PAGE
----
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“Jawan” Film Review: Shah Rukh Khan’s Astonishing Performance in Atlee’s Thought-Provoking Thriller

Jawan movie review
Shah Rukh Khan in ‘JAWAN’

In this expansive yet compelling action spectacle directed by Atlee, Shah Rukh Khan inaugurates his own “Clean India Campaign.”

The movie commences with an extraordinary opening sequence. Somewhere along the northern frontiers of India, a battered soldier convalesces. The peaceful and picturesque village he is recuperating in falls under attack; inhabitants are subjected to gunfire, stabbings, and drowning in a creek. This soldier emerges like a savior, descending with a lance against a tumultuous sky. While his face remains concealed beneath bandages, his eyes reveal the story. The staging is nothing short of spectacular, imbued with mythic elements and a shroud of darkness. Additionally, a blazing stallion gallops across the screen. It’s no surprise that Japanese video game designer Hideo Kojima expressed his unbridled excitement on social media. Odd as it may seem, “Jawan” is, in many ways, the most Metal Gear-inspired film starring Shah Rukh Khan.

The Tamil director Atlee has been tantalizing audiences with a collaboration with Khan since 2019. This isn’t the first instance of a renowned southern director partnering with a major Bollywood star to craft an action film infused with potent sociopolitical themes (Atlee’s mentor, Shankar, likely paved the way). Nevertheless, this collaboration may possess more layers than initially apparent. Atlee’s characters often assume multiple personas and aliases. These multifaceted identities may coexist within a single individual (as seen with Vijay in “Theri”) or span across several characters (as exemplified by Vijay in “Mersal” and “Bigil”). The last two films, notably, were intricate, plot-twisting narratives centered around father-son dynamics. All of this seems tailor-made for Khan, who rivaled only by Amitabh Bachchan and Akshay Kumar, stands as Hindi cinema’s foremost icon for roles that demand versatility.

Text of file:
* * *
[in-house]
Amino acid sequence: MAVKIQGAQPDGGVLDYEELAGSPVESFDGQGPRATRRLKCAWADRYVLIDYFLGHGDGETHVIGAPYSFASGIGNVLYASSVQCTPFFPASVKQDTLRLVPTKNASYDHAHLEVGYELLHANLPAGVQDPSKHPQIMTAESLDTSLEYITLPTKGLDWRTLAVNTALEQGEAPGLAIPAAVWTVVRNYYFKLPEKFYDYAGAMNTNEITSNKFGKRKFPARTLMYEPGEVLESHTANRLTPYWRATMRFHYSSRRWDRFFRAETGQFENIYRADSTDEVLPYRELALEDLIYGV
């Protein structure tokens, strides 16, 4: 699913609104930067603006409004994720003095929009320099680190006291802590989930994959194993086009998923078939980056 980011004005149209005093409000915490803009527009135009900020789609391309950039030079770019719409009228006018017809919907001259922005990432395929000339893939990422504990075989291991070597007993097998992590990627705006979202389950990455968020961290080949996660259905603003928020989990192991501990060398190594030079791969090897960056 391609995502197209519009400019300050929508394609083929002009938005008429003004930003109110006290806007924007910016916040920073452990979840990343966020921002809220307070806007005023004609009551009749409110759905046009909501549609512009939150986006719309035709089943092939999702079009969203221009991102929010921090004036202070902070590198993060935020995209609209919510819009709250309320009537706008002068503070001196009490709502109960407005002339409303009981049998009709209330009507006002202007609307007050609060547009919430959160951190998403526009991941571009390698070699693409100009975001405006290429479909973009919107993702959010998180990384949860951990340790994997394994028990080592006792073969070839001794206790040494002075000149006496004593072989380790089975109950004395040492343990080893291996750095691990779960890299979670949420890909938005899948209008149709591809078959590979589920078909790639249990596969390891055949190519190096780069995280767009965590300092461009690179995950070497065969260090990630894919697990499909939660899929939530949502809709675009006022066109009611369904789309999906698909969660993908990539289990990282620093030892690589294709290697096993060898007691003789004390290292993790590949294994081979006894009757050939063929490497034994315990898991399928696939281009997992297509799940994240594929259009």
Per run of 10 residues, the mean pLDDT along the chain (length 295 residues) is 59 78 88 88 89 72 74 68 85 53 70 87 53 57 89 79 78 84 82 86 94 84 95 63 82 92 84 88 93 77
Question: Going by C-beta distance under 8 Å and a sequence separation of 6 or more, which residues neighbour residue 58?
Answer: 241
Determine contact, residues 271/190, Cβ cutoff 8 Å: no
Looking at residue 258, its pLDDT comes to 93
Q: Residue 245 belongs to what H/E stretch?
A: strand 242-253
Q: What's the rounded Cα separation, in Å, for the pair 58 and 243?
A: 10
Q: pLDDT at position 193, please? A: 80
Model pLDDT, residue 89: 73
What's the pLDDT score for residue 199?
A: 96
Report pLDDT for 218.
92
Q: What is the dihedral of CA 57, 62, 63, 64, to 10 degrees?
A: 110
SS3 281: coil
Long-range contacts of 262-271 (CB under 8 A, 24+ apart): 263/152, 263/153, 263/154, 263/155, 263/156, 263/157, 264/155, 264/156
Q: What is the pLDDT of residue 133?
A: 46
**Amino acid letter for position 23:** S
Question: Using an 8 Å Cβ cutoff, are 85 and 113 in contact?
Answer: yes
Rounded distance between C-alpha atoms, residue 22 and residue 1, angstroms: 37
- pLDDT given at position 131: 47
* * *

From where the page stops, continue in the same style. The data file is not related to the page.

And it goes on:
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“Jawan” (Hindi)

  • Director: Atlee
  • Cast: Shah Rukh Khan, Nayanthara, Vijay Sethupathi, Deepika Padukone, Sanya Malhotra, Priyamani, Sunil Grover
  • Duration: 169 minutes
  • Plot: A vigilante and his team take on corrupt institutions entwined with a lethal arms dealer as the past and present collide in thrilling fashion.

Three decades after the explosive prologue, we encounter Khan anew, now portraying a whimsical, wisecracking vigilante sporting a bald pate. He orchestrates the hijacking of a Mumbai metro train, aided by a contingent of female warriors, each with her own name and a select few possessing intricate backstories. Among the passengers is Alia, the daughter of the stone-faced arms dealer Kaali (Vijay Sethupathi, adorned with a menacing beard). It’s subsequently unveiled, spoilers ahead, that Khan in the present timeline assumes the persona of Azad Rathore, the warden of a high-security women’s penitentiary, who moonlights as an ethical insurgent. To add to the intrigue, Azad is poised to wed Narmada (Nayanthara), the fearless mediator to whom he made song requests while leading the audacious hijacking.